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Mortgage With A CCJ

Do you have a CCJ on your credit report and are wondering how it can impact your mortgage approval? We’ve covered everything you must know before applying.
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Mortgage approval can be difficult, especially with a CCJ on your credit report.

A CCJ (County Court Judgement) is a court-mandated repayment order for borrowers who have failed to repay money to their lenders. It’s filed by lenders, who generally use it as a last resort to recover their money.

A CCJ is recorded on your credit history, which can lead to poor credit scores, which can, in turn, affect the chances of your mortgage approval. But what are the implications? Read on to find out how to get mortgage with a CCJ.

What is a Court County Judgement

How Can A CCJ Affect Your Mortgage Application?

A valid CCJ will be recorded on your credit file, which will, of course, be checked every time you apply for a loan or mortgage.

And aside from reducing the mortgage chances, it could even prevent you from getting a credit card or opening a bank account!

Now, a CCJ will generally appear on your credit file and will stay on there for 6 years (starting from the date of the judgement), irrespective of whether or not it has been settled.

But that said, resolving it within a shorter time frame can have a less severe impact on your credit history and your chances of mortgage approval.

For example, if you repay the debt relating to the CCJ or prove in court that it was false within 30 days from the date of the judgement, it may not even be recorded in the first place. 

On the other hand, failure to settle the CCJ within the 30-day deadline can reduce your chances of mortgage approval as well as the number of lenders that may be able to consider your application.

Is It Still Possible To Get A Mortgage With A CCJ?

Securing a mortgage with CCJ is possible. In fact, there are a growing number of lenders who are now dealing with mortgage applications for applicants with CCJ’s registered on their credit file subject to meeting certain ‘qualification’ criteria.

It’s typically easier to secure a mortgage with CCJs older than 3 years or more, especially compared to one in the past few years.

However, some lenders may take into consideration only the date when the CCJ was issued, while others may look into the details of the settlement and the settlement date. And in such cases, proactive settlement can counter some of its negative effects on your credit history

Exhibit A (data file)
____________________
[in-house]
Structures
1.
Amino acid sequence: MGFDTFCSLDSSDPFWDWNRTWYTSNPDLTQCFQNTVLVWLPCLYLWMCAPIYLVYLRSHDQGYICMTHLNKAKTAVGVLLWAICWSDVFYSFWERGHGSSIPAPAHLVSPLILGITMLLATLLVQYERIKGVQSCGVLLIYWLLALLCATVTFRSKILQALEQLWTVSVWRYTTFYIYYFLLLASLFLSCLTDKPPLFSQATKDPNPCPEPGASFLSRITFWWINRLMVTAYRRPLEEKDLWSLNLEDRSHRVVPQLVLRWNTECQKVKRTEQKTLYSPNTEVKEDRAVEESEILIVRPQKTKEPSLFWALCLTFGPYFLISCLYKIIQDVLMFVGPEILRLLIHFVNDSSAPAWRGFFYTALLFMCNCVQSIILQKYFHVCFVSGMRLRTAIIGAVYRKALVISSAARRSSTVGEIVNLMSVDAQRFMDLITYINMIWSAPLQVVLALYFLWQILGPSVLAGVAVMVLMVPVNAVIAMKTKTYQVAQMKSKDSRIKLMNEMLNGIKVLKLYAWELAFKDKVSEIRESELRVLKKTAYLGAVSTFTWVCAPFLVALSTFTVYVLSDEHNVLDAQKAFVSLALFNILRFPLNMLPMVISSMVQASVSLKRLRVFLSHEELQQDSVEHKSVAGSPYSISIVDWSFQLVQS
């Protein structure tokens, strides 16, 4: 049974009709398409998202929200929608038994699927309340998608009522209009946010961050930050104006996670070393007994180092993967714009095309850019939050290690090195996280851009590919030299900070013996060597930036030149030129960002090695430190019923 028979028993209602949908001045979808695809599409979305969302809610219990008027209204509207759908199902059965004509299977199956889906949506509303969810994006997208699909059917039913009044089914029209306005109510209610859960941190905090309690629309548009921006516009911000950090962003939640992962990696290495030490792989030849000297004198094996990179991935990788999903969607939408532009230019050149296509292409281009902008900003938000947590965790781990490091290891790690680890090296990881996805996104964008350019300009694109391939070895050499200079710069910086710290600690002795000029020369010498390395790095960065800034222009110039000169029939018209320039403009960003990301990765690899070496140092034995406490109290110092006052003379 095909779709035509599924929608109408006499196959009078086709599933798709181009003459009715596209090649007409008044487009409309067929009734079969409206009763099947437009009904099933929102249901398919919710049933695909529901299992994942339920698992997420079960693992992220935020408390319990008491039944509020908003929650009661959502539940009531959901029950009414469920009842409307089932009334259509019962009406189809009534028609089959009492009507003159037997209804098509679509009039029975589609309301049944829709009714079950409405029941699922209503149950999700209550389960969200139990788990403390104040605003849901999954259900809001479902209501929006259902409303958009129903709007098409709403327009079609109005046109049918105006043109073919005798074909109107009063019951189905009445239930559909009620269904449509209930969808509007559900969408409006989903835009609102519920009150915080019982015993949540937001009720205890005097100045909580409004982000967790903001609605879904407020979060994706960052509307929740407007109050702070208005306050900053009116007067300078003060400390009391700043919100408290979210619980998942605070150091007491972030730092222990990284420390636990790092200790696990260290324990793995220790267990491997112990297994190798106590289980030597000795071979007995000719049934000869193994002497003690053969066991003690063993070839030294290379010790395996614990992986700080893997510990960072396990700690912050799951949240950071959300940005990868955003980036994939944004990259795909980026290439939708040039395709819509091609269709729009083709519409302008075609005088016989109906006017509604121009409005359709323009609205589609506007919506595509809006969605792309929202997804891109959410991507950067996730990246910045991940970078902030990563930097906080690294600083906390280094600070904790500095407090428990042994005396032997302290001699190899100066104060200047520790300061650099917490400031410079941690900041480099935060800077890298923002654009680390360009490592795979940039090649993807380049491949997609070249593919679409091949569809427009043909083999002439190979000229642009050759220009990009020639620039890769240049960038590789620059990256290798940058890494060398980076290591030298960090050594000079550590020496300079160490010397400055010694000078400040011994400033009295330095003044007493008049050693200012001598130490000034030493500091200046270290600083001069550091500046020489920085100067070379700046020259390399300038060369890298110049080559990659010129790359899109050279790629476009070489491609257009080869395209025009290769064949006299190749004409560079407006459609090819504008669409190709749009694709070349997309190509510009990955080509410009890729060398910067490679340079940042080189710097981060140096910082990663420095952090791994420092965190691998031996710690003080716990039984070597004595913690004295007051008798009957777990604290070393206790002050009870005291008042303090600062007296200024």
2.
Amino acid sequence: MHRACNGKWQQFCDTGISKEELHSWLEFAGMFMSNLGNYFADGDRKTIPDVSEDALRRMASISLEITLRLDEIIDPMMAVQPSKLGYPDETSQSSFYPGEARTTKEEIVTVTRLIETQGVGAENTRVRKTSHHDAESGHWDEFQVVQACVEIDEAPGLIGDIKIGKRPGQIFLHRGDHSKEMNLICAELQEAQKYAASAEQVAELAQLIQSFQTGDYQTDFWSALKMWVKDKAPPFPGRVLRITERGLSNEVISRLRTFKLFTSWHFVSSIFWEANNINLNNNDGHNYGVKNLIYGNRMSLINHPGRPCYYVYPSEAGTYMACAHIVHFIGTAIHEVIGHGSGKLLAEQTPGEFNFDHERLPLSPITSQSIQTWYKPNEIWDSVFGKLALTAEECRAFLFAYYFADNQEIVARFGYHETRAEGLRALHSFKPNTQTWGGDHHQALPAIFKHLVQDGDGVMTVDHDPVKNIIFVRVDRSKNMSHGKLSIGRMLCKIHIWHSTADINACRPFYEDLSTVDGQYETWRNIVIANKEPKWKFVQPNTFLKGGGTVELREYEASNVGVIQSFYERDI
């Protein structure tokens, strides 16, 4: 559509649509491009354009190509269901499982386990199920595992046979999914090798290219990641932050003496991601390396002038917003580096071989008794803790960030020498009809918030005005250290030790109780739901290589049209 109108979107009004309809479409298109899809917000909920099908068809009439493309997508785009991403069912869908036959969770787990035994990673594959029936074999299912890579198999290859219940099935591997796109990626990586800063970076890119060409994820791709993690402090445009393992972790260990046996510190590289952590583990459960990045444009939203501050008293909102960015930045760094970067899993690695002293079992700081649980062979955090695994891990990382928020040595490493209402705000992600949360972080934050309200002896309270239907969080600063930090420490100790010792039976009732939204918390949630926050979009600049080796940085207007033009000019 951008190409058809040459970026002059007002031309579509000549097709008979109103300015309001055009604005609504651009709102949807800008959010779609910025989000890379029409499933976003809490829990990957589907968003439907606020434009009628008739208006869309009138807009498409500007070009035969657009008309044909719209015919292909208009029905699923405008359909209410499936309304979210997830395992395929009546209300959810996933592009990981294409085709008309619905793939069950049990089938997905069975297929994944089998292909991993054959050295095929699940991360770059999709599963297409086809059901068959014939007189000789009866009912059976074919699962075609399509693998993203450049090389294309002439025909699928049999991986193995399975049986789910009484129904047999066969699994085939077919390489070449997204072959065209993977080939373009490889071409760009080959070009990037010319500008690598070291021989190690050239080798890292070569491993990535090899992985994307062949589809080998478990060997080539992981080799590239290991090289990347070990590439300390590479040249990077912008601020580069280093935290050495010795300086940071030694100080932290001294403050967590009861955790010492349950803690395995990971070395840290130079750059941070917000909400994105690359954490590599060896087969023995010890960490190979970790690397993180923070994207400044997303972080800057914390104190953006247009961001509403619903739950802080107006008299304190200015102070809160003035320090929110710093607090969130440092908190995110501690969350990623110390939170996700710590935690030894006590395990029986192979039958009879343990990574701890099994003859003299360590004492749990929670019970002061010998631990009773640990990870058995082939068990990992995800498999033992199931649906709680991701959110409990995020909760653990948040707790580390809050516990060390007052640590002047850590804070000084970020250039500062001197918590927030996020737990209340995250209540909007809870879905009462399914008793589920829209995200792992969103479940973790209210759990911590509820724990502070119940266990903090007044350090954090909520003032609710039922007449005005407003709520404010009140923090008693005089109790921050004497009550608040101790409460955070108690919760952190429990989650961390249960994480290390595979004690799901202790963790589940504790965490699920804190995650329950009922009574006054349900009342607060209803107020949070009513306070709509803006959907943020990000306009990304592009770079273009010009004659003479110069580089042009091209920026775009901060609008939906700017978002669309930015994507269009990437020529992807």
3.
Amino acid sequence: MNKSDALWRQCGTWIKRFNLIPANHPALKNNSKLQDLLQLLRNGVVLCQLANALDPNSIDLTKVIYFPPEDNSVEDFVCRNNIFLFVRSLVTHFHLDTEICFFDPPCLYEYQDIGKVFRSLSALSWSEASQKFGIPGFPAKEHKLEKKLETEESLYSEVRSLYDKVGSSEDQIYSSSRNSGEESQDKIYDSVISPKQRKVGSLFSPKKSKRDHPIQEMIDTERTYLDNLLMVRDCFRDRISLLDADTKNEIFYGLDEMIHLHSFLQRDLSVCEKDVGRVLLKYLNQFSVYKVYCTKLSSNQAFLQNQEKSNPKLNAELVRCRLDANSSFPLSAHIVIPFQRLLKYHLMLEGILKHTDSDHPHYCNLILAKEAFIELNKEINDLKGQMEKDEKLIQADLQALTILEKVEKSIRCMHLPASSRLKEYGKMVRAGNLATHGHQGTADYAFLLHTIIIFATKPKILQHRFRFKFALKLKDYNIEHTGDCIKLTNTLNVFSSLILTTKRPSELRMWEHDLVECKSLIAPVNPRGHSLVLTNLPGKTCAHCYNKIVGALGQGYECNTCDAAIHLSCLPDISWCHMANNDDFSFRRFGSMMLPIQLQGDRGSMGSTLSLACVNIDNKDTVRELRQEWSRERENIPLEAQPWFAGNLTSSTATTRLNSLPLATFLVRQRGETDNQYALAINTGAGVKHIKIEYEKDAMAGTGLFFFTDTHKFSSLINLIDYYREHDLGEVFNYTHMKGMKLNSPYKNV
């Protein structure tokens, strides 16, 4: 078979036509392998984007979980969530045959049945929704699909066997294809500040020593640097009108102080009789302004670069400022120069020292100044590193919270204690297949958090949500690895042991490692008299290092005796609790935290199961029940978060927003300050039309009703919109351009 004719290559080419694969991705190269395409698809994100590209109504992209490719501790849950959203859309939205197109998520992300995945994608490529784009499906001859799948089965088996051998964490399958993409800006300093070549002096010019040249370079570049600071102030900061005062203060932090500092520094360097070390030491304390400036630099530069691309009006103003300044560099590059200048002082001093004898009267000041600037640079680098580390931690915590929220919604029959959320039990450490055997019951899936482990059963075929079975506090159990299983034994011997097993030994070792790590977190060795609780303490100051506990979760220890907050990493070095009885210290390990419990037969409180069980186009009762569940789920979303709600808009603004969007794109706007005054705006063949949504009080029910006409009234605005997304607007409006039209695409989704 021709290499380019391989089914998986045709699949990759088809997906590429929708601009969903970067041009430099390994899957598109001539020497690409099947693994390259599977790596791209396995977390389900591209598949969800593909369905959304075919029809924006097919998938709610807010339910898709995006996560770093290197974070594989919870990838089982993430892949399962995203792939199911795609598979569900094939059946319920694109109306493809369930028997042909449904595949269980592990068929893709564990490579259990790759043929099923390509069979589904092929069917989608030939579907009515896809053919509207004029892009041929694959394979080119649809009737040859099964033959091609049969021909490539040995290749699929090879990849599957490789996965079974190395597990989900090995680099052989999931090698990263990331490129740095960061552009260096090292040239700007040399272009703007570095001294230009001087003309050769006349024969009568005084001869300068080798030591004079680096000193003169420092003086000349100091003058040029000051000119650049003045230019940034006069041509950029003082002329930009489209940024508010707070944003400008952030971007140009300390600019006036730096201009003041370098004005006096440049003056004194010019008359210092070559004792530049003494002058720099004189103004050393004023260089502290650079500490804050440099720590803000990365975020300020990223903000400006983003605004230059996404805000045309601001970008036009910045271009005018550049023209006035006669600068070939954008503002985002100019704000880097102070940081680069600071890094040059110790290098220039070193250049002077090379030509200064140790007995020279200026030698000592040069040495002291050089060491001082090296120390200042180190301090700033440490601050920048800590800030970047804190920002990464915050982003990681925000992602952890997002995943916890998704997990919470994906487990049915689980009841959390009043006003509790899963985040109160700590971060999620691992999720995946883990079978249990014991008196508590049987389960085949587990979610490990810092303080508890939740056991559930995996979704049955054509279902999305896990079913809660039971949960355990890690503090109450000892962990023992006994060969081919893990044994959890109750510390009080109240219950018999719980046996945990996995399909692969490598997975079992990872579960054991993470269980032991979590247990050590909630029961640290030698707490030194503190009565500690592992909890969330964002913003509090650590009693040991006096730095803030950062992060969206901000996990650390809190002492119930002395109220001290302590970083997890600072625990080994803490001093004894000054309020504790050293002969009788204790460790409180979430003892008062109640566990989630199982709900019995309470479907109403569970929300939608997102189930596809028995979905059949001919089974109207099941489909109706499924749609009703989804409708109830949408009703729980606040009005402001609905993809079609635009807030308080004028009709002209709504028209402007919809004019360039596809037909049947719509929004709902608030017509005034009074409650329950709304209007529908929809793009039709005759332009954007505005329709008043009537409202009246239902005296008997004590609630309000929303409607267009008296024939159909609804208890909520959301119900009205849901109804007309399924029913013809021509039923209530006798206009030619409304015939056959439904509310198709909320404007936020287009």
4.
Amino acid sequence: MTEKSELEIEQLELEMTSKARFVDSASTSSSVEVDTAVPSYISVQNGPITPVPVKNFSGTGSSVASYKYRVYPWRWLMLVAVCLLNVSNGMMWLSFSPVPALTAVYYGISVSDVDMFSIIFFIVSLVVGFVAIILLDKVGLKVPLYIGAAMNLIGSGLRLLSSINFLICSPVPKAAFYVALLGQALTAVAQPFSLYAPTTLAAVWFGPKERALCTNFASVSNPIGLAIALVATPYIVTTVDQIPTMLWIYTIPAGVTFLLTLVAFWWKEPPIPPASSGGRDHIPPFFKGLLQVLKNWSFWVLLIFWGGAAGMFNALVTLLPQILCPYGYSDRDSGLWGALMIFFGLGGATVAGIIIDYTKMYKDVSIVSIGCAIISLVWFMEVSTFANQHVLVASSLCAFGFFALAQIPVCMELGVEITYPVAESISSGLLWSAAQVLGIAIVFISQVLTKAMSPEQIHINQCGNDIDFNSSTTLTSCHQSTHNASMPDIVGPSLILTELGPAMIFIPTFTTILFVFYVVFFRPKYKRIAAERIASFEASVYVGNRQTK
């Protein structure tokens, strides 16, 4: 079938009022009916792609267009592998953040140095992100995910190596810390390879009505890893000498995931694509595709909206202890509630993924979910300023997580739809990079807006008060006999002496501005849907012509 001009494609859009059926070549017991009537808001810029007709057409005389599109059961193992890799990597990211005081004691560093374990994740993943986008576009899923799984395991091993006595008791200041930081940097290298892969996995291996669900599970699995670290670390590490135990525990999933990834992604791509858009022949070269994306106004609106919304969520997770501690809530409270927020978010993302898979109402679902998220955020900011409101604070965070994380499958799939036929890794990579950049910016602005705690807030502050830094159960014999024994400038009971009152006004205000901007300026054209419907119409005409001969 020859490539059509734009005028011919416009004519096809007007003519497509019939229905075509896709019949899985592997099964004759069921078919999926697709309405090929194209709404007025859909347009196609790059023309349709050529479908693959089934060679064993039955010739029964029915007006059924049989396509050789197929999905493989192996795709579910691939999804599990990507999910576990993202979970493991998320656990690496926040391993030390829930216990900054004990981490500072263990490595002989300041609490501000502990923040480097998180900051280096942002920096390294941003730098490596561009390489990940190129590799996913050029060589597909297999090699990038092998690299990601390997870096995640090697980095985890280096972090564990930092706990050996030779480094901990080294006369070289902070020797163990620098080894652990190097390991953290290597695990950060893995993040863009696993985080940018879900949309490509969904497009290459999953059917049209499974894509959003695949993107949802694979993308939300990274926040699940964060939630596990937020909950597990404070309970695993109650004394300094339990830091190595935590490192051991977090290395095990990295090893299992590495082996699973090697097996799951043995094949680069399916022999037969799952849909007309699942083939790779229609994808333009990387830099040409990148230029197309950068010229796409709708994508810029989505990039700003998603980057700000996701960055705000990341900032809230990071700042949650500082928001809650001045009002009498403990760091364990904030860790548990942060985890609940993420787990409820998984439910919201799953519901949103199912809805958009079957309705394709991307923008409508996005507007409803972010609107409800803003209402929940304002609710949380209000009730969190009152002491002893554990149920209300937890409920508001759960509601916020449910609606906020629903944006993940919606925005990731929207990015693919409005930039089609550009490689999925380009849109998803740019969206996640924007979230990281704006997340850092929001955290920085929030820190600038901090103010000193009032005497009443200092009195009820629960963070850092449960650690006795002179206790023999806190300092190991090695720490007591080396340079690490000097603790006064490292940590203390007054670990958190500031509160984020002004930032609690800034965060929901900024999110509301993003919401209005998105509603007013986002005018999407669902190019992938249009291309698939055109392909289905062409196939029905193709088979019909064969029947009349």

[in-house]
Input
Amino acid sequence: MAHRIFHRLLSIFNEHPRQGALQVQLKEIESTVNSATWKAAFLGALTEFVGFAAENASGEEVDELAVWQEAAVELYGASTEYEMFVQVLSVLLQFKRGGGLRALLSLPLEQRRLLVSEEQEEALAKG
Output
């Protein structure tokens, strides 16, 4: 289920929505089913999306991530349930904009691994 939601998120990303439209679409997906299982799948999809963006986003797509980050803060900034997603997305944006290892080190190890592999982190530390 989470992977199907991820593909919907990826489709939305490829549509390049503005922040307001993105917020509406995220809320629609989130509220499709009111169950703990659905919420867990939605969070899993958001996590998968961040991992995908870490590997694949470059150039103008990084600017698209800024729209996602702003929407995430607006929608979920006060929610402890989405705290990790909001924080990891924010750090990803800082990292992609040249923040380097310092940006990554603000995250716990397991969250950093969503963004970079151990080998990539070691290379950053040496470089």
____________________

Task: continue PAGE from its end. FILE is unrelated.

Likewise, some lenders specialising in bad credit mortgages may require you to settle the case in court before applying for the mortgage.

And the time frame for the settlement can vary between 1 year and right before the application is filed, depending on the lender you approach. But others may be willing to consider your application even when the CCJ is still in court.

Criteria for CCJ

Overall, here are some of the basic criteria considered by most lenders:

  • Date of CCJ
  • If the CCJ is resolved or ‘partially satisfied’ (paid)
  • Number of CCJs against your name
  • The amount of the most recent CCJs
  • The type of mortgage you’re aiming for
  • Your credit score and report

How Can The Size Of The CCJ Affect Your Mortgage Application?

The size of the CCJ, in simple terms, is the amount of money due for payment to the lender, and it can have a significant impact on your mortgage application.

But it’s not the only factor to consider and some lenders may be willing to consider your application even with large CCJ’s as long as you meet their criteria.

How To Increase Your Chances Of Getting A Mortgage With A CCJ?

As you may have already figured out by now, quicker CCJ repayments and settlements can be effective ways to successfully secure a mortgage.

However, some people may take longer to resolve the CCJ, resulting in lower credit scores than people who take quick actions.

As such, if you’re waiting for the CCJ to disappear from your credit history before applying for another mortgage, make sure you make consistent repayments. 

Here, we should also mention that ideally, the best time to apply for a mortgage after a CCJ has been resolved is when you have a stable and consistent source of income. This way, your potential lender would have better assurance of mortgage repayment, no matter the type.